ABSTRACT: Hepatoma-derived growth factor (HDGF) plays an important role in tumor progression. Highly expressed HDGF has been found to indicate poor prognosis in many cancers. However, no information is available regarding the prognostic value of nuclear or cytoplasmic HDGF staining level in breast cancer. In the present study, the nuclear or cytoplasmic HDGF staining level was investigated in 86 patients with primary breast cancer by immunohistochemistry; the relationship between nuclear or cytoplasmic HDGF staining level and clinicopathological parameters was examined by Two-tailed Mann-Whitney U-test or Krustal-Wallis. The prognostic value of nuclear or cytoplasmic HDGF staining level in disease-free survival and overall survival was analyzed by Kaplan-Meier methods and log-rank test. We found that the percentage of cases with strong nuclear HDGF staining level was significantly higher in the cases with high tumor grade, high stage, high proliferation index (Ki-67 index>20%), as well as in those with lymph node invasion and recurrence (p<0.05) compared to those without. No significant correlation was found between cytoplasmic HDGF expression and any clinicopathological variables. In addition, disease-free survival and overall survival were significantly lower in patients with high nuclear HDGF expression (level 2) than in those with low nuclear HDGF expression (level 0 and level 1). Further Cox multivariate analysis showed that high nuclear HDGF expression is an independent factor for indicating poor prognosis in breast cancer patients. No significant difference in disease-free survival rate and overall survival was found between different cytoplasmic HDGF staining levels. All these findings suggest that increased nuclear HDGF expression is involved in tumor progression and might be used as a new prognosticator for breast cancer.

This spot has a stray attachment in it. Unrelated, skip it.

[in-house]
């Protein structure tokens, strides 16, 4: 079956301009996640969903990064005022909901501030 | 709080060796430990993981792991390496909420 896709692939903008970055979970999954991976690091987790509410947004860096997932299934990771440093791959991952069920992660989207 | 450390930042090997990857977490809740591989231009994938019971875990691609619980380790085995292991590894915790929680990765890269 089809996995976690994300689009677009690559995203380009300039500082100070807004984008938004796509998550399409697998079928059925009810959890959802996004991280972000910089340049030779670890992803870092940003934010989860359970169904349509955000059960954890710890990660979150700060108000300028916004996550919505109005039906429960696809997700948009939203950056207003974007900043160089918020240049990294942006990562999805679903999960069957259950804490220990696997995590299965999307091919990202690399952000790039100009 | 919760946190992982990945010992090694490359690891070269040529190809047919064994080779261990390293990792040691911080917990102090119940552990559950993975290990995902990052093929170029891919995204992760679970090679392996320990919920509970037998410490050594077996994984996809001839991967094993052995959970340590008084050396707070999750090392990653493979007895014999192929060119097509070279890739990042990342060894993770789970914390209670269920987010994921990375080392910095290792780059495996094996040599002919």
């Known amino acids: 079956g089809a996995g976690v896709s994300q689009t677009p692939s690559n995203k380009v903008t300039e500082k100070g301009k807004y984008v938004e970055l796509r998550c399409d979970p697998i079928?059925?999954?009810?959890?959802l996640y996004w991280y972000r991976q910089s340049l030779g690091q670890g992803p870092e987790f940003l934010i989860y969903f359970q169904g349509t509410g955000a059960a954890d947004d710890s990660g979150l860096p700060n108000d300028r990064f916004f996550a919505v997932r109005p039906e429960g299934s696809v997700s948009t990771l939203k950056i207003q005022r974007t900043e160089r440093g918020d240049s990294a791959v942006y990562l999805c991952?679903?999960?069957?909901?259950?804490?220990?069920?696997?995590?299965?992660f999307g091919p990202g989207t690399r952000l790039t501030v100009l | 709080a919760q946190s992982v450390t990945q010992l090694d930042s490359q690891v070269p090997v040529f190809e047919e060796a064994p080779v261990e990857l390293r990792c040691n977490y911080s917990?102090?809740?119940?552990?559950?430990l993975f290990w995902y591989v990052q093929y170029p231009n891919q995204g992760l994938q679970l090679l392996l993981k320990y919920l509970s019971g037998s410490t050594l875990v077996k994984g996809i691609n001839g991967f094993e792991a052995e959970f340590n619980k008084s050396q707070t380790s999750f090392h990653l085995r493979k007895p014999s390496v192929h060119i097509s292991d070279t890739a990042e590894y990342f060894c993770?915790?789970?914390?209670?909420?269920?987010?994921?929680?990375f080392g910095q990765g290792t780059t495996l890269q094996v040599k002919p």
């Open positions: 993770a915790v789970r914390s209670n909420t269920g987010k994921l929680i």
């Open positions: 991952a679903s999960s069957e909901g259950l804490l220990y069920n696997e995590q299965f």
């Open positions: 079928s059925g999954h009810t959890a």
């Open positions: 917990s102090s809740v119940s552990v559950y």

Pathology - Research and Practice 06/2012; 208(8):437-43. · 1.21 Impact Factor